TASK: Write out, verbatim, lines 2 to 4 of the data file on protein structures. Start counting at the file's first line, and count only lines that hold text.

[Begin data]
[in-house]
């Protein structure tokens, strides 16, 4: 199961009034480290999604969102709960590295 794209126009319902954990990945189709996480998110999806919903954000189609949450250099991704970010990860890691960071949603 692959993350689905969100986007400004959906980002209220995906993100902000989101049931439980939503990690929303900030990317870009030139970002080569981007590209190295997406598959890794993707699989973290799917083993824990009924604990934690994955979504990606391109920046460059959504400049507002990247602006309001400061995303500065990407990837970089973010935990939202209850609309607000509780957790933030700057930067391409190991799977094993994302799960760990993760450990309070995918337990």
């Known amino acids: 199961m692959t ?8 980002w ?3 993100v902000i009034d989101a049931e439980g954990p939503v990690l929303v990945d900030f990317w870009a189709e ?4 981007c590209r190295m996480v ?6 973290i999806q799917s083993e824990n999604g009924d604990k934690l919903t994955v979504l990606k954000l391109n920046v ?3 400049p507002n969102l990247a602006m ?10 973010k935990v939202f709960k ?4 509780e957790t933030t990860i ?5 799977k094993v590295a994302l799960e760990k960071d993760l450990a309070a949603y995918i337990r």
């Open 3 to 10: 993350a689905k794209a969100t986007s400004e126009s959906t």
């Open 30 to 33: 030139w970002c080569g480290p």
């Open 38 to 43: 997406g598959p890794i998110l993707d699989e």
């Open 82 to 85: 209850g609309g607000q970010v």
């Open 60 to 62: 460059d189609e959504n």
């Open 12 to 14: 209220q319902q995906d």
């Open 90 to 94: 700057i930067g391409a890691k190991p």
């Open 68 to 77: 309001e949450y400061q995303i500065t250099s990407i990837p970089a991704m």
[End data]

């Protein structure tokens, strides 16, 4: 199961009034480290999604969102709960590295 794209126009319902954990990945189709996480998110999806919903954000189609949450250099991704970010990860890691960071949603 692959993350689905969100986007400004959906980002209220995906993100902000989101049931439980939503990690929303900030990317870009030139970002080569981007590209190295997406598959890794993707699989973290799917083993824990009924604990934690994955979504990606391109920046460059959504400049507002990247602006309001400061995303500065990407990837970089973010935990939202209850609309607000509780957790933030700057930067391409190991799977094993994302799960760990993760450990309070995918337990």
């Known amino acids: 199961m692959t ?8 980002w ?3 993100v902000i009034d989101a049931e439980g954990p939503v990690l929303v990945d900030f990317w870009a189709e ?4 981007c590209r190295m996480v ?6 973290i999806q799917s083993e824990n999604g009924d604990k934690l919903t994955v979504l990606k954000l391109n920046v ?3 400049p507002n969102l990247a602006m ?10 973010k935990v939202f709960k ?4 509780e957790t933030t990860i ?5 799977k094993v590295a994302l799960e760990k960071d993760l450990a309070a949603y995918i337990r």
């Open 3 to 10: 993350a689905k794209a969100t986007s400004e126009s959906t």